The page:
Shared Decision Making

Shared decision making ensures that individuals are supported to make decisions that are right for them. It is a collaborative process through which a clinician supports a patient to reach a decision about their treatment.

The conversation brings together:

  • the clinician’s expertise, such as treatment options, evidence, risks and benefits
  • what the patient knows best: their preferences, personal circumstances, goals, values and beliefs.

Shared decision making requires skill from health professionals and most importantly a willingness to involve people in decisions about their own care. Health professionals also need to recognise that patients, particularly those with lower levels of health literacy, may need support to take a more active partnership role with their care professional. To be successful, it relies on two sources of expertise:

  • the health professional as an expert on the effectiveness, probable benefits and potential harms of treatment options
  • the person as an expert on themselves, their social circumstances, attitudes to illness and risk, values and preferences.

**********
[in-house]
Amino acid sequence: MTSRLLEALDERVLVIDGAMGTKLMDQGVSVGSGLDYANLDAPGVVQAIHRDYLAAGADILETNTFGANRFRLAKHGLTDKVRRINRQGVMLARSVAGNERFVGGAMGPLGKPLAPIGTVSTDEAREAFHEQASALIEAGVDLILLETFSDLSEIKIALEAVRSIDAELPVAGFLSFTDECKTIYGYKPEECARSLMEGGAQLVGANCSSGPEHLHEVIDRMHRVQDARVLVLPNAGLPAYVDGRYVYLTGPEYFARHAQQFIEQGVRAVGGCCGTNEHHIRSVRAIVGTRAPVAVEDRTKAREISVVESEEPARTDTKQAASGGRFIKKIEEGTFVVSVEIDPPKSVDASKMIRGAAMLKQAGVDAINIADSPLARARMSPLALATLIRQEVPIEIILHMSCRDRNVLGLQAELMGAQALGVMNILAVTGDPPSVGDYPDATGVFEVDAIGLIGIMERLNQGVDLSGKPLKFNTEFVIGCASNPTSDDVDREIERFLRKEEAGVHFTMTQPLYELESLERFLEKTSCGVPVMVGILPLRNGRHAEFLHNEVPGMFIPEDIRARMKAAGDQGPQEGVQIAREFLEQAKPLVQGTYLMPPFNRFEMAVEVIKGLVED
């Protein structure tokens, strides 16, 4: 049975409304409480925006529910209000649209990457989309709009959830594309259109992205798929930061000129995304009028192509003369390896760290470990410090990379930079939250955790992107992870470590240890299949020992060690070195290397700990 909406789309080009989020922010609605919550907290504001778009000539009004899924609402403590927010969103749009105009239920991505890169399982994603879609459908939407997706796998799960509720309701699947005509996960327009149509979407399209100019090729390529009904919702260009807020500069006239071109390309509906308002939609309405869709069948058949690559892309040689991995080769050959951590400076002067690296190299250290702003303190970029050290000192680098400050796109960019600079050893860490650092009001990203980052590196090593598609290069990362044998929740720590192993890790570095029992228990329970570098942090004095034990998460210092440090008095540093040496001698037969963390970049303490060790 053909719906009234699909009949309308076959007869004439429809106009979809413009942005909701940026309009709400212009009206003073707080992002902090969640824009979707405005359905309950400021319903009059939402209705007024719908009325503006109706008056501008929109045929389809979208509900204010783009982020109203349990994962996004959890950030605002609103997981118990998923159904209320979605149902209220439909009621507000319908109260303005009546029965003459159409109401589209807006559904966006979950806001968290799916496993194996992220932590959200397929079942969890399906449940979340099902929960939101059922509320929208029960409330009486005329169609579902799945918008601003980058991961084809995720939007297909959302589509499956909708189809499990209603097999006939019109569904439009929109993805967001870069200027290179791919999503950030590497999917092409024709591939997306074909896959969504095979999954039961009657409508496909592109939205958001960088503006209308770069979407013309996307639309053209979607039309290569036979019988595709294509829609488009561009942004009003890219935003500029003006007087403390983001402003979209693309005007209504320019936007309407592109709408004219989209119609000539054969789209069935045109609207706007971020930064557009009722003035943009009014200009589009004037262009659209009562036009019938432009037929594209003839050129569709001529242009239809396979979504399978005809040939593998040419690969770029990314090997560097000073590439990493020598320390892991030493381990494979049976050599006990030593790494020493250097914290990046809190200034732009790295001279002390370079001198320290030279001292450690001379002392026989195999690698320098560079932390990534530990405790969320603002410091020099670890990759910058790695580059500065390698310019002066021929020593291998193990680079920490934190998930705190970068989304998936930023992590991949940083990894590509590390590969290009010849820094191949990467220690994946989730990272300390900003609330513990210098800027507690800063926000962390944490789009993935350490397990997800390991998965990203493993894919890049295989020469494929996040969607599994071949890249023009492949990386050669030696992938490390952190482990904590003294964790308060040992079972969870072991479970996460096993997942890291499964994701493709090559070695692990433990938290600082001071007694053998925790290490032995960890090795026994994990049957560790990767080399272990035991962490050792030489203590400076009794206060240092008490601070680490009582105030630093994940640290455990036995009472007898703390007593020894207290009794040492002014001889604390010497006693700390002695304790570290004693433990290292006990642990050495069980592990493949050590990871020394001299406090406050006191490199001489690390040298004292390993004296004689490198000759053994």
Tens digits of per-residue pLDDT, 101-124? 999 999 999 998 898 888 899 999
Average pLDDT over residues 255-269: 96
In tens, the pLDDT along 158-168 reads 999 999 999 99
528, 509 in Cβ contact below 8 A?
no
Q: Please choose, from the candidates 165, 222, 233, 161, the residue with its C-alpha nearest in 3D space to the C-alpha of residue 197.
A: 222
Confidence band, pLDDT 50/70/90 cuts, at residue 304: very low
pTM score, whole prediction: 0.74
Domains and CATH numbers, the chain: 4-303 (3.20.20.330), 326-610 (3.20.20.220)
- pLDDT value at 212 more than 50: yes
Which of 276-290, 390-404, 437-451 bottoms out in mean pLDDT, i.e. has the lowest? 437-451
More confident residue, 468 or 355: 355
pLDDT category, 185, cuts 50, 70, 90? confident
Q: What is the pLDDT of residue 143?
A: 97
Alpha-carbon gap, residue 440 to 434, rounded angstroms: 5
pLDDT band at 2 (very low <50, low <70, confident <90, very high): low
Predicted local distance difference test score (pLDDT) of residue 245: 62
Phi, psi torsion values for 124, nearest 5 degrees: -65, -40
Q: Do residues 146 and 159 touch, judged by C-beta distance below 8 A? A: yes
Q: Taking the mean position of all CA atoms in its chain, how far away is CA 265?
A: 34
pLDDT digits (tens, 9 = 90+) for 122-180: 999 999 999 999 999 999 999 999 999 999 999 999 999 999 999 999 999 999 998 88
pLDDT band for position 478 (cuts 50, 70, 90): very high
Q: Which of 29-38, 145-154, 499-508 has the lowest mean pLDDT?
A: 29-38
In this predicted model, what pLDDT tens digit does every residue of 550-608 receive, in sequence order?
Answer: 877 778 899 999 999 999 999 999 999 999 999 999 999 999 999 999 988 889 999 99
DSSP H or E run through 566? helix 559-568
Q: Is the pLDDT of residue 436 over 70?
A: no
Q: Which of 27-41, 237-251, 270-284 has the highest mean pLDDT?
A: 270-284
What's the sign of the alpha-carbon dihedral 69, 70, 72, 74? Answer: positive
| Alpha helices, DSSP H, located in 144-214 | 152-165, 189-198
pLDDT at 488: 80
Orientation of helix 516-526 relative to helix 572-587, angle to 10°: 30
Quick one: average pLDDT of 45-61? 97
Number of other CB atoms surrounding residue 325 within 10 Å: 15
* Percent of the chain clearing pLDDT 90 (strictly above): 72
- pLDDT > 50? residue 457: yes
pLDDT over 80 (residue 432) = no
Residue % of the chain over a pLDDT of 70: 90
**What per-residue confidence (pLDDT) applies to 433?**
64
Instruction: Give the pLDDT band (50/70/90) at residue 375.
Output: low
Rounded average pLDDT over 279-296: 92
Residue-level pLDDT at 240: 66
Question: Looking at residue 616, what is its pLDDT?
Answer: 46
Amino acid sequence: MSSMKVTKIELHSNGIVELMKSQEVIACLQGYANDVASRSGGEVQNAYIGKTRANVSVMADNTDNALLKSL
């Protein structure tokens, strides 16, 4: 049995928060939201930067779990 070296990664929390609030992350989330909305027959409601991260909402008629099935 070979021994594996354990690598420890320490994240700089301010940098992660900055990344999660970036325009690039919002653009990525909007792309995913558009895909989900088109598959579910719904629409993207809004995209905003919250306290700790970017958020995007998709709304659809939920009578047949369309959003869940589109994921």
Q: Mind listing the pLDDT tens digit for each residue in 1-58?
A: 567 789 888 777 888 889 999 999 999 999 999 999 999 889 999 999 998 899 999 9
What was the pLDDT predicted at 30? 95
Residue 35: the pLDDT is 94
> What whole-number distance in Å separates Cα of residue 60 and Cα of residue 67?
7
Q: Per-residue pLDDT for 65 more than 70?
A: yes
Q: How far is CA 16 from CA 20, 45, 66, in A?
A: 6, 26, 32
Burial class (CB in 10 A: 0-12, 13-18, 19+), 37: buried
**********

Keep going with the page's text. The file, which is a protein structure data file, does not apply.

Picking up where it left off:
In any decision where there is more than one option, the values and preferences of the person, such as their attitude to risk, may be as important as the clinical evidence in choosing which option to follow. Shared decision making enables people to align their preferences to treatment options that are clinically valid. It does not mean that people can choose clinical treatments that have no evidence base. Both parties must be willing to share information and accept shared responsibility for joint decision-making. This may only be a subtle change of practice for some, but it could feel like a dramatic one for others and especially for the person involved.

If you would like to discuss embedding Shared Decision Making into your service please contact us

Hide this section
Show accessibility tools